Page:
- Asthma and other respiratory conditions may be triggered by heat. Have all appropriate medications.
Both heat exhaustion and heat stroke can be prevented by avoiding overexertion on hot days. Pace yourself, rest often and drink plenty of water throughout your hike. You'll know that you've drunk enough water if your urine is "clear as mountain spring water."
Perhaps the most common, and serious condition in the summertime is dehydration. Dehydration occurs when your body loses too much fluid. This can happen when you stop drinking water or lose large amounts of fluid through sweating and the exertion of hiking. Not drinking enough fluids can cause muscle cramps. You may feel faint. Usually your body can reabsorb fluid from your blood and other body tissues. But by the time you become severely dehydrated, you no longer have enough fluid in your body to get blood to your organs, and you may go into shock, which is a life-threatening condition. Make sure you bring plenty of water on your hike.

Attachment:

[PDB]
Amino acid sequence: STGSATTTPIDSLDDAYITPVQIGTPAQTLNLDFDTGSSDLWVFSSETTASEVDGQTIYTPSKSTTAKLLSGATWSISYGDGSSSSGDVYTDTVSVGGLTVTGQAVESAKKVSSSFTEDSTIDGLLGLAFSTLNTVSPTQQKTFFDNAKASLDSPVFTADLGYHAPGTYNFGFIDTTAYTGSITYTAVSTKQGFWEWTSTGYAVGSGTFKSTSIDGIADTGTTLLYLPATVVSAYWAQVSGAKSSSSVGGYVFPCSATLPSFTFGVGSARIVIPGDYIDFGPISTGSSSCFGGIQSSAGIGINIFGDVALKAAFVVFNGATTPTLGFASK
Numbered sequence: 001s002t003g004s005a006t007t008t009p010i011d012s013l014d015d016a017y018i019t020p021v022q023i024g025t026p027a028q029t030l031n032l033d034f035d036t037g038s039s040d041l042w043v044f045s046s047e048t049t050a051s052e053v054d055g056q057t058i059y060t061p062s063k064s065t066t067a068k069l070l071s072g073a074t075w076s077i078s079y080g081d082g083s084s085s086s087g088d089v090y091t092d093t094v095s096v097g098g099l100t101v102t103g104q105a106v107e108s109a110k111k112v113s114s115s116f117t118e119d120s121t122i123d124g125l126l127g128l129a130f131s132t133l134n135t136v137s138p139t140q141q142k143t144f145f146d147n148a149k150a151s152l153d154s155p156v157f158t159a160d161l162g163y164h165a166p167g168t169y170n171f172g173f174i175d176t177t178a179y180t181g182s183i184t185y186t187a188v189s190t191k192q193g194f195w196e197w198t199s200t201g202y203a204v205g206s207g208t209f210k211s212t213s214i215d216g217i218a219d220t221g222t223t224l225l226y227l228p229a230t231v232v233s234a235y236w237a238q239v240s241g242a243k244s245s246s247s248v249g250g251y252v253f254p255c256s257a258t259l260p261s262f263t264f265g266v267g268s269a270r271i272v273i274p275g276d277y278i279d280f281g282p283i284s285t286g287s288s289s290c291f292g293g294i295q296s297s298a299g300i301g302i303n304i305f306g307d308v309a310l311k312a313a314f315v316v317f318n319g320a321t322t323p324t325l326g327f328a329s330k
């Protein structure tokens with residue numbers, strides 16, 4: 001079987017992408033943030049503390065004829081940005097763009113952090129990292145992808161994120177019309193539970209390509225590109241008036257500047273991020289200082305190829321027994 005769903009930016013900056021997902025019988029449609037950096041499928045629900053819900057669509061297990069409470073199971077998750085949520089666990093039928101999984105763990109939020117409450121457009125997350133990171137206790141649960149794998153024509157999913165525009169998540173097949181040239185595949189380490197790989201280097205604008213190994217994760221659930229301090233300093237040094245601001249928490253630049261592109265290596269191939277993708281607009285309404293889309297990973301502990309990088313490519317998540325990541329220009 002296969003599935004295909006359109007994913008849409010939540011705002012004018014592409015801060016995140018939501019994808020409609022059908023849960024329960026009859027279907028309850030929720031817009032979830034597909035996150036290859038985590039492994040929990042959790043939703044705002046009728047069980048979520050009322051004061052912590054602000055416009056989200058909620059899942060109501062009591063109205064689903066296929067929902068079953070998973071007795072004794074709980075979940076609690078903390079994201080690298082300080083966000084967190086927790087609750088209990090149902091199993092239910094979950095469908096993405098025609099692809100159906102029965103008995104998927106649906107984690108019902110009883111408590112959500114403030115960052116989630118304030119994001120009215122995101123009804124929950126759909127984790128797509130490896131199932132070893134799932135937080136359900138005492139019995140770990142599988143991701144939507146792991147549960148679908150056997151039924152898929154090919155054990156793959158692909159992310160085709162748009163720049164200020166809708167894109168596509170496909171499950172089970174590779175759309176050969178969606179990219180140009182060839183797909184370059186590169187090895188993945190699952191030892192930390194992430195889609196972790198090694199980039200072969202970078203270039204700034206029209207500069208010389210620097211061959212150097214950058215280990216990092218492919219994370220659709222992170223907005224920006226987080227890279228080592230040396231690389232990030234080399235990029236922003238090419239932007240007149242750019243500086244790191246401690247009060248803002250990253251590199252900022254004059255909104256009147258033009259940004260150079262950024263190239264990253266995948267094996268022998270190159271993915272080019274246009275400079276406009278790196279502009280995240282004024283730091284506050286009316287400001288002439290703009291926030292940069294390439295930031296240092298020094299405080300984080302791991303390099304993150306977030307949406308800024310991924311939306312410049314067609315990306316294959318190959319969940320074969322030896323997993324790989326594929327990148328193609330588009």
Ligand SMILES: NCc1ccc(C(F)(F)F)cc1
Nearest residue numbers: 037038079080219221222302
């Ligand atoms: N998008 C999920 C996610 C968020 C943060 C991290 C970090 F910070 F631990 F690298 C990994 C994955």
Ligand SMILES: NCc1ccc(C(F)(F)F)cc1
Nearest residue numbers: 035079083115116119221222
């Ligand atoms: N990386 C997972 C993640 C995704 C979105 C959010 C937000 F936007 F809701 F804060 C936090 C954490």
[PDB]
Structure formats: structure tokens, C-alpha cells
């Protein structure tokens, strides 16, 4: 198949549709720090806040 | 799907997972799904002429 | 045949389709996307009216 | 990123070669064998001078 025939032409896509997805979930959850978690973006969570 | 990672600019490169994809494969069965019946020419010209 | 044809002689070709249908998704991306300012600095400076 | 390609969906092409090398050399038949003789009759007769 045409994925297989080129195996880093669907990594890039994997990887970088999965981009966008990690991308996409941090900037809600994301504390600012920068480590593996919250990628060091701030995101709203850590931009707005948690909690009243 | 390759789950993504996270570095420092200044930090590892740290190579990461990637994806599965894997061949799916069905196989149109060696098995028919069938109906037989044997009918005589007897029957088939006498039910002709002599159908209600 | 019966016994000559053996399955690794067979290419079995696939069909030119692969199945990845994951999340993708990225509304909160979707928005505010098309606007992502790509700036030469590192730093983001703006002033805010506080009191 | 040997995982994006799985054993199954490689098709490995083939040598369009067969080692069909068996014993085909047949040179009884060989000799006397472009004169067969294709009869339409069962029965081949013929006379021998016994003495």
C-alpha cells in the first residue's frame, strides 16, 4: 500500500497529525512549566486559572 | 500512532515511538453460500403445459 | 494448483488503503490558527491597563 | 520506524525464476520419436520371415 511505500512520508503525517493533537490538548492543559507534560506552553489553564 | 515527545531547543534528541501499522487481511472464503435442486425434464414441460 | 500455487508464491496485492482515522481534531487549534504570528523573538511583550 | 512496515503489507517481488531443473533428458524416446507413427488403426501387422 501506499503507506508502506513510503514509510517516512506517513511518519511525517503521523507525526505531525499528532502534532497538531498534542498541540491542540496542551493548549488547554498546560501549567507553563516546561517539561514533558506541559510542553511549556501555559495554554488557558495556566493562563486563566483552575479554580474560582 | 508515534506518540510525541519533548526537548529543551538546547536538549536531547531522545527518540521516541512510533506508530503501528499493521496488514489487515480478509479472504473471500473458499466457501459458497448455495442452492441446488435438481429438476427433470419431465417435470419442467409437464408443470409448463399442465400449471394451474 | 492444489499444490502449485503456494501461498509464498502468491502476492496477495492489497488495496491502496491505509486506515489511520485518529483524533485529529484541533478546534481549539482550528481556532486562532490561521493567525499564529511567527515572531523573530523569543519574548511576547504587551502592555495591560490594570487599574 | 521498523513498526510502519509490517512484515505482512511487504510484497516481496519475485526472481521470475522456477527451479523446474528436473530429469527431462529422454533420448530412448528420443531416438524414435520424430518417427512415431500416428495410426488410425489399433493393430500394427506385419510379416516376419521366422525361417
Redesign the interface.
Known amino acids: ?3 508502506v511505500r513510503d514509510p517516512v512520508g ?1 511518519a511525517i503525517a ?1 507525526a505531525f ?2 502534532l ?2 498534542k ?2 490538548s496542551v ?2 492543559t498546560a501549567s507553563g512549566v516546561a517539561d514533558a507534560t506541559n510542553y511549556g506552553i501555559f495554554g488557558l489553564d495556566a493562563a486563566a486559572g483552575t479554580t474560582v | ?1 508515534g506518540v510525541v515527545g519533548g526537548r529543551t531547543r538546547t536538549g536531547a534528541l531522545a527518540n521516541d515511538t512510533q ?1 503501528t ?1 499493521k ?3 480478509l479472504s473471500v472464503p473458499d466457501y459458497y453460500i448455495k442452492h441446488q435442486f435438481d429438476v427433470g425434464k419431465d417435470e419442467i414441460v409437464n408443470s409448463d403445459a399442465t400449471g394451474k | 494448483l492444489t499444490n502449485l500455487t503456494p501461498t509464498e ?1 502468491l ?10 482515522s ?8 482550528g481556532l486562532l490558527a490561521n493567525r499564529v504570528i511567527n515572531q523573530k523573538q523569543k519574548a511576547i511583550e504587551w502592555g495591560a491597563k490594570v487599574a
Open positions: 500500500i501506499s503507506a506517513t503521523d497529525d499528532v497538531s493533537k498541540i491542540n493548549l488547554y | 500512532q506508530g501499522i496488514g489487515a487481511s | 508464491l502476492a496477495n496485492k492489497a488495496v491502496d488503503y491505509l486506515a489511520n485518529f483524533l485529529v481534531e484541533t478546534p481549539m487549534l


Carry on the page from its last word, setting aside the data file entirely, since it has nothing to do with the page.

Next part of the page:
Crisp fall days and glorious colors make fall a popular time for hiking.
However, if you're hiking in fall, remember:
- The days are shorter and darkness comes early in the forest and mountains, especially in fall. Plan your hike so you're at hike's end before dark. Always carry a flashlight or headlamp, even if you don’t plan on being out after nightfall. Always prepare for the unexpected. Many search and rescue missions could have been avoided had hikers simply had lights with them.
- During fall many trails become blanketed with a mat of leaves. Newly fallen leaves can, in effect, camouflage a hiking trail and make navigation more difficult. If in doubt, backtrack to the last known trail location or marker and take a closer look.
- Temperatures during the fall months can change dramatically during the course of a day. When the sun drops over the horizon, temperatures drop very quickly. Always be prepared with warm clothing.